NEW YORK, June 11 (IFR) - Banks are mulling ways to
securitize US home equity lines of credit - popular loans that
suffered in the financial crisis but are coming back into vogue
as house prices rise.
Lenders like the higher yields they can charge for the
loans, known as HELOCs, but not the high capital provisions they
require to satisfy Basel III rules.
So one option is to take the loans off balance sheet and
bundle them into an RMBS - a common tactic before the crisis
that created a US$100bn-plus HELOC securitization market back in
the 2007 heyday.
While HELOCs dropped to cents on the dollar after the
housing crash, loan volumes are now on the rise, driving hopes
of a HELOC-backed RMBS comeback that could be spearheaded by
lenders such as Wells Fargo, Bank of America, which acquired
Countrywide, and JP Morgan Chase.
"For now, it's a balance sheet product going to
high-net-worth individuals," a residential lender in the sector
But the lender said would-be issuers are looking at how they
can get to the securitization stage.
Getting investors on board is a major hurdle, especially as
HELOCs suffered a 12-month loss severity rate of 86.78% as of
June, according to data firm Intex.
Jonathan Kunkle, who heads LenderLive Network's document
services arm, said originators are exploring securitization,
but believes this time around issuers will need to retain some
risk to make a HELOC-backed RMBS palatable to the buy side.
Kunkle is helping banks - and some non-depository lenders -
dust off their home equity lending platforms to satisfy new
consumer protection and regulatory rules.
Rating agencies have yet to receive inquiries from HELOC
lenders about rating new HELOC-backed RMBS structures, but they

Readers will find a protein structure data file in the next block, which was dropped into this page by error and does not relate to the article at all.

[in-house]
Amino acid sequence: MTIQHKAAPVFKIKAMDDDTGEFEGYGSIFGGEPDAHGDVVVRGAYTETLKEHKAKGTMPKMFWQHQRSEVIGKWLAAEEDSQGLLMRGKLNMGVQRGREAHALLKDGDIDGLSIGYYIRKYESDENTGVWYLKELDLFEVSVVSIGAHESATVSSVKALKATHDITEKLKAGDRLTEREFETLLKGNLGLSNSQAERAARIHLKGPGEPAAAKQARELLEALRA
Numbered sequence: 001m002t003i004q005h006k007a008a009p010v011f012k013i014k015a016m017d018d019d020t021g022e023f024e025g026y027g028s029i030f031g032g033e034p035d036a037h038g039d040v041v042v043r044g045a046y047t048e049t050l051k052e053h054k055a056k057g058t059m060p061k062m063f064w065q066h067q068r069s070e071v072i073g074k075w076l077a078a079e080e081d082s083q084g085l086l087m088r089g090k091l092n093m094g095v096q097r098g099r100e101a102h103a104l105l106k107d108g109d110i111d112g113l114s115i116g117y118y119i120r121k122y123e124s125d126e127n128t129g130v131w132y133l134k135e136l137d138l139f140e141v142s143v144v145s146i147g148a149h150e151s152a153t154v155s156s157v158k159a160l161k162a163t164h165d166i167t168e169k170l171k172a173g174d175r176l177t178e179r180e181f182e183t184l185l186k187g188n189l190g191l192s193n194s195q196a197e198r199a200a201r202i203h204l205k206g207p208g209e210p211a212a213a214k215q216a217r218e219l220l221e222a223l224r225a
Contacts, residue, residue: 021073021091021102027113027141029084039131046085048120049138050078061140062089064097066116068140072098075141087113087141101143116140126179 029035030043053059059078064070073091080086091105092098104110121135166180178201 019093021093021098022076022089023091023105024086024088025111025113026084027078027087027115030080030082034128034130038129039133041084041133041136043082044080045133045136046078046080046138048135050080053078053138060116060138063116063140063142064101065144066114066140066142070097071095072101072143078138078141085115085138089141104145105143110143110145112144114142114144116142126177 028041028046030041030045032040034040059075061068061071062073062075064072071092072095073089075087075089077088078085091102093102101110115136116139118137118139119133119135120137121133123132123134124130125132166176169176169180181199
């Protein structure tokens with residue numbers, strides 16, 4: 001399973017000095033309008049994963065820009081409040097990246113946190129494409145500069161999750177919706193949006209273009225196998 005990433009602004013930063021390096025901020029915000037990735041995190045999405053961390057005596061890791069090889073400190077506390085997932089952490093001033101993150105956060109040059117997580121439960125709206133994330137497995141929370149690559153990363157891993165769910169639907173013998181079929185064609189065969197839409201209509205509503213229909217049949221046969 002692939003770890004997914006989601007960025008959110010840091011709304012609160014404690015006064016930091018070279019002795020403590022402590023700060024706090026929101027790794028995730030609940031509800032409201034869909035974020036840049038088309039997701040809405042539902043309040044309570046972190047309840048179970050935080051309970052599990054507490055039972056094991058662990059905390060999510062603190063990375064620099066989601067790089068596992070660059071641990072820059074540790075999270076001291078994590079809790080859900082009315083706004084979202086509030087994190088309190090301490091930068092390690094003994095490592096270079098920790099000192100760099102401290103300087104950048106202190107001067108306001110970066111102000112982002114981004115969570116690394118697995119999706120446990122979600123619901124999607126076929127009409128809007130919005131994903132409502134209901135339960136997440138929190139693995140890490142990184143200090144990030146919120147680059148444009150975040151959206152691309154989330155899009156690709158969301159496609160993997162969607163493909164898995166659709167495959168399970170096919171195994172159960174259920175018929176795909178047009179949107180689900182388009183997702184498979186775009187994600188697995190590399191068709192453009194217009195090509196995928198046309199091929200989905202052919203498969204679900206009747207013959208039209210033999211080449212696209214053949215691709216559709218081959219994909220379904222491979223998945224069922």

will likely be cautious.
Critics say HELOCs lure borrowers into drawing out cash
against their properties at low initial rates, which can leave
them in a vulnerable position if rates rise to unsustainable
Another problem is having enough loans to bundle together.
Some homeowners have been keen to take out a second line of
credit against their homes as values have risen, resulting in
US98.8bn of new lines opening in 2013 - a 26% year-on-year
increase, according to Equifax.
But last year's origination volume was still only about a
third of what it was in 2007.
It's often cheaper for homeowners to refinance a mortgage at
record low rates than to add an extra loan, one banker said.
He said the sector is still largely focused on getting the
first mortgage, prime jumbo RMBS market working.
Still, some market participants are hopeful of more HELOC
growth ahead, and demand from borrowers whose home valuations
are still under water is seen as a driving force.
There are 6.3m mortgaged US homes still stuck in negative
equity territory as of the first quarter, according to report
last week from CoreLogic.
Though that's an improvement from the 6.6m figure from the
prior quarter, many people are still not in a position to
refinance at current low rates or to make a profit by selling
"Based on what I see, people are staying where they are -
spending money on their house," said Chris Gavin, a partner at
Perkins Coie. "HELOCs make sense for a variety of people."
Even if investors can be won over, and loan volumes do
balloon, banks are still mindful of the risks following
high-profile failures of previous dominant players like
Countrywide and billion dollar lawsuits that tarnished the
Banks that opted not to securitize HELOCs, leaving them
instead on their balance sheet, also suffered losses estimated
at US$77bn since the financial crisis, according to Trepp data,
mainly because little trickles down to this type of second lien
if a borrower defaults on its first mortgage.
"If nothing is left over at foreclosure, it is a total
loss," said Kunkle.
But the hope of offloading HELOCs from balance sheets is
likely to prove too tempting eventually, especially as the
average profit lenders make on first mortgages has steadily
The fourth quarter saw a new low of US$150 per loan per
quarter, down from US$391 in the prior quarter, according to
data from the Mortgage Bankers Association.
Meanwhile, efforts are under way to make this a safer
Wells Fargo in May said it would change its HELOC business
by charging interest or a minimum payment each month that would
pay down principal.
Another safeguard is that banks are now only making HELOC
loans to customers they already know.
The strategy is expected to hold up better than pre-crisis
practices, where third-party originators pushed as many
borrowers as possible into HELOCs, regardless of whether that
type of loan was suitable or not.
"There is zero correspondent HELOC lending going on now,"
(Reporting by Joy Wiltermuth; Editing by Natalie Harrison and